There is no elegant way to phrase that title.
- Dave Hutchinson. Hutchinson’s at the top of my mind, so to speak, because I wrote a review of his Europe in Autumn on Monday. I liked it, obviously.
- Samuel Delany. I’ve only read Nova, and that was splendid – unusual and quite literary SF. Libraries and bookshops don’t seem to be that fond of him this side of the Atlantic, unfortunately.
- Becky Chambers. The Long Way to a Small Angry Planet is one of my comfort reads; in fact I think it was my favourite book of 2016. I am honestly not sure how I have not yet managed to read A Close and Common Orbit.
- Gail Carriger. I read the first Parasol Protectorate novel recently, and it was such fun! Steampunk and werewolves and vampires, oh my!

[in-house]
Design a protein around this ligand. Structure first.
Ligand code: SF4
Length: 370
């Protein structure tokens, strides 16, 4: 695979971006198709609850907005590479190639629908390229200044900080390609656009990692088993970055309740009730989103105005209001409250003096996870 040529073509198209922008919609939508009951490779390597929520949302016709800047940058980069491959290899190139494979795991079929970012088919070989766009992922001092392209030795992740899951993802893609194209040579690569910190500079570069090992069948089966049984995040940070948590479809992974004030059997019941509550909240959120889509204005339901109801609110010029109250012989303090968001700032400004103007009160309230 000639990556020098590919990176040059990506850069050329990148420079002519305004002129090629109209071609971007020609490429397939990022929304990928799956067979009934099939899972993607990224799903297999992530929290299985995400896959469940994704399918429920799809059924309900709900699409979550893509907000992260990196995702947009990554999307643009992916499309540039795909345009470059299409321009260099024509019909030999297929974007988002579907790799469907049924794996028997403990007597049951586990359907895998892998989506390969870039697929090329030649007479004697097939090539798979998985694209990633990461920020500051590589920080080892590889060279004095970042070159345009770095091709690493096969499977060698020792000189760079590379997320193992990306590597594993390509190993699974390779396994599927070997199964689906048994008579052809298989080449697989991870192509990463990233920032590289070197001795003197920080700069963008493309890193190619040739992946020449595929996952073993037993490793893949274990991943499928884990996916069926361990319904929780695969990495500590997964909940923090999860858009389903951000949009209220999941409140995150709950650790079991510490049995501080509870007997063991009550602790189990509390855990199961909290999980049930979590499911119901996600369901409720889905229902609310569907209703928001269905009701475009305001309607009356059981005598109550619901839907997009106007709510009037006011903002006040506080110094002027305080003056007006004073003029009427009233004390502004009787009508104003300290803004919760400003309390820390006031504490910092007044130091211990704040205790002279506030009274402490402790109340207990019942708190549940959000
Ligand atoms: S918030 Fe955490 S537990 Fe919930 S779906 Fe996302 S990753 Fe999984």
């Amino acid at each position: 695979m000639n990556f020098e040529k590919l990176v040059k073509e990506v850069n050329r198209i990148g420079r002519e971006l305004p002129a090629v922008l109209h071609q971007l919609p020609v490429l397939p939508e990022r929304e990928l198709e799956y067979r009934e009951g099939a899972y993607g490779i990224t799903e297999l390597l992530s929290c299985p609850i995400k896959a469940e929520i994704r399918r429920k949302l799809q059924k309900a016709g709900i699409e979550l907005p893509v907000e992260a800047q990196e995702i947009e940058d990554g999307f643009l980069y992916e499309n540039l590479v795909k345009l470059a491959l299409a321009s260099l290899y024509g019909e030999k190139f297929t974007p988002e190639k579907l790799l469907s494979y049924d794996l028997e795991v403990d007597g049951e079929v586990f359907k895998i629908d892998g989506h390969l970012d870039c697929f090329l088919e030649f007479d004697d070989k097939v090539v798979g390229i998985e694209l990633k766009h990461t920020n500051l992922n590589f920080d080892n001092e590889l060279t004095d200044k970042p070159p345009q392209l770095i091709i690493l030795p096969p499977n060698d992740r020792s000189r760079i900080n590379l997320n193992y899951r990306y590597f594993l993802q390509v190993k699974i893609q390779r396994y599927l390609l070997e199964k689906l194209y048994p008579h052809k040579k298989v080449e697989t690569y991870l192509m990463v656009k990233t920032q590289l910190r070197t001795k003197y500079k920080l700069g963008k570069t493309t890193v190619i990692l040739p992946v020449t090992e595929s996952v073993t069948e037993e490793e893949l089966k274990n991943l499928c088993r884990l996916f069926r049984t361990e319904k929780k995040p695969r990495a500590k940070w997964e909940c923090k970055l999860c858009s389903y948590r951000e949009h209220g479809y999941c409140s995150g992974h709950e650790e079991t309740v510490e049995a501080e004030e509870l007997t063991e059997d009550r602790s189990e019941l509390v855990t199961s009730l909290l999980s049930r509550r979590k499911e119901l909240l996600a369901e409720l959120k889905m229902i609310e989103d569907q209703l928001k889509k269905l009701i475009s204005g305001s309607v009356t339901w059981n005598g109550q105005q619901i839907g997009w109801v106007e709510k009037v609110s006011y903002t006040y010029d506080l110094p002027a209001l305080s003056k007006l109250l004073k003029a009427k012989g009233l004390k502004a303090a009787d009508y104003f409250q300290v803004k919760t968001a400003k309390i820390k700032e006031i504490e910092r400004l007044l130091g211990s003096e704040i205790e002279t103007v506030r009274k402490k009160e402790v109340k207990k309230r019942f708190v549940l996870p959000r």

- N.K. Jemisin. I liked The Hundred Thousand Kingdoms, which is quite surprising given my general aversion to epic fantasy, and The Fifth Season‘s at the top of my TBR pile.
- Zen Cho. Sorcerer to the Crown is lovely! I’d really like to read her short story collection, Spirits Abroad, if I can find it.
- Yoon Ha Lee. Ninefox Gambit wasn’t my favourite, exactly, but I’d not be uninterested in reading Raven Strategem.
- Chris Wooding. Yes, Retribution Falls is inelegant and problematic, but, like Carriger’s novel, it’s also quite a lot of fun.
- Kim Stanley Robinson. Robinson’s 2312 is the best kind of hard SF: speculative in a classic sense, set in a future that doesn’t feel unlikely, and aware of all the complexity of human beings.
- Octavia Butler. Butler’s another author whose SF is nuanced, complex and interesting.
(The prompt for this post was suggested by the Broke and the Bookish’s weekly meme Top Ten Tuesday.)